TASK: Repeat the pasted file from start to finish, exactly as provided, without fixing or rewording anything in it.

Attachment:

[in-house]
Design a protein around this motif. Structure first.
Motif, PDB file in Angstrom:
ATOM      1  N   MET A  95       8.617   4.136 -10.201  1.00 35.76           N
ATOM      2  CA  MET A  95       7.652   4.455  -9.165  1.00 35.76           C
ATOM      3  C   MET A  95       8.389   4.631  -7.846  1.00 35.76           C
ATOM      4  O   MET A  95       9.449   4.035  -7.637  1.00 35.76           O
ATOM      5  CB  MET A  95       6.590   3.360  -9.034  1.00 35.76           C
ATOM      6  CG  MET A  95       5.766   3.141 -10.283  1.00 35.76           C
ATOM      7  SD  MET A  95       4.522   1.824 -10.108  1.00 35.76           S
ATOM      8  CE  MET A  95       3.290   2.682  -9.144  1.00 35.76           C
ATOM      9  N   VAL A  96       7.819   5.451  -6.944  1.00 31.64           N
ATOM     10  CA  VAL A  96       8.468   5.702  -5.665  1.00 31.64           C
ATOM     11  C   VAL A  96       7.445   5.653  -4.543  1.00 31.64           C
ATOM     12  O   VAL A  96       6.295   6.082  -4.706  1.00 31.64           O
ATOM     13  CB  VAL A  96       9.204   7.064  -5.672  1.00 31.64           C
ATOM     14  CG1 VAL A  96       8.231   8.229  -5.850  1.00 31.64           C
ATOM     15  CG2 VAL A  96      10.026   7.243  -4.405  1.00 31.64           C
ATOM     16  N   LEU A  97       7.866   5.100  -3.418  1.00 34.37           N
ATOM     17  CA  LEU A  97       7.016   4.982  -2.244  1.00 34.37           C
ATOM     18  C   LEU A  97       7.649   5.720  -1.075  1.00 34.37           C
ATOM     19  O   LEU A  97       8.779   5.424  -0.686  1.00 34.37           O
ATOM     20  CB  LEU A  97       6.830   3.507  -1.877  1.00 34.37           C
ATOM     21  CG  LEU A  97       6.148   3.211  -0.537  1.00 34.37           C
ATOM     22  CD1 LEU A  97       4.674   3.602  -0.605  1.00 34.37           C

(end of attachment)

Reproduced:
[in-house]
Design a protein around this motif. Structure first.
Motif, PDB file in Angstrom:
ATOM      1  N   MET A  95       8.617   4.136 -10.201  1.00 35.76           N
ATOM      2  CA  MET A  95       7.652   4.455  -9.165  1.00 35.76           C
ATOM      3  C   MET A  95       8.389   4.631  -7.846  1.00 35.76           C
ATOM      4  O   MET A  95       9.449   4.035  -7.637  1.00 35.76           O
ATOM      5  CB  MET A  95       6.590   3.360  -9.034  1.00 35.76           C
ATOM      6  CG  MET A  95       5.766   3.141 -10.283  1.00 35.76           C
ATOM      7  SD  MET A  95       4.522   1.824 -10.108  1.00 35.76           S
ATOM      8  CE  MET A  95       3.290   2.682  -9.144  1.00 35.76           C
ATOM      9  N   VAL A  96       7.819   5.451  -6.944  1.00 31.64           N
ATOM     10  CA  VAL A  96       8.468   5.702  -5.665  1.00 31.64           C
ATOM     11  C   VAL A  96       7.445   5.653  -4.543  1.00 31.64           C
ATOM     12  O   VAL A  96       6.295   6.082  -4.706  1.00 31.64           O
ATOM     13  CB  VAL A  96       9.204   7.064  -5.672  1.00 31.64           C
ATOM     14  CG1 VAL A  96       8.231   8.229  -5.850  1.00 31.64           C
ATOM     15  CG2 VAL A  96      10.026   7.243  -4.405  1.00 31.64           C
ATOM     16  N   LEU A  97       7.866   5.100  -3.418  1.00 34.37           N
ATOM     17  CA  LEU A  97       7.016   4.982  -2.244  1.00 34.37           C
ATOM     18  C   LEU A  97       7.649   5.720  -1.075  1.00 34.37           C
ATOM     19  O   LEU A  97       8.779   5.424  -0.686  1.00 34.37           O
ATOM     20  CB  LEU A  97       6.830   3.507  -1.877  1.00 34.37           C
ATOM     21  CG  LEU A  97       6.148   3.211  -0.537  1.00 34.37           C
ATOM     22  CD1 LEU A  97       4.674   3.602  -0.605  1.00 34.37           C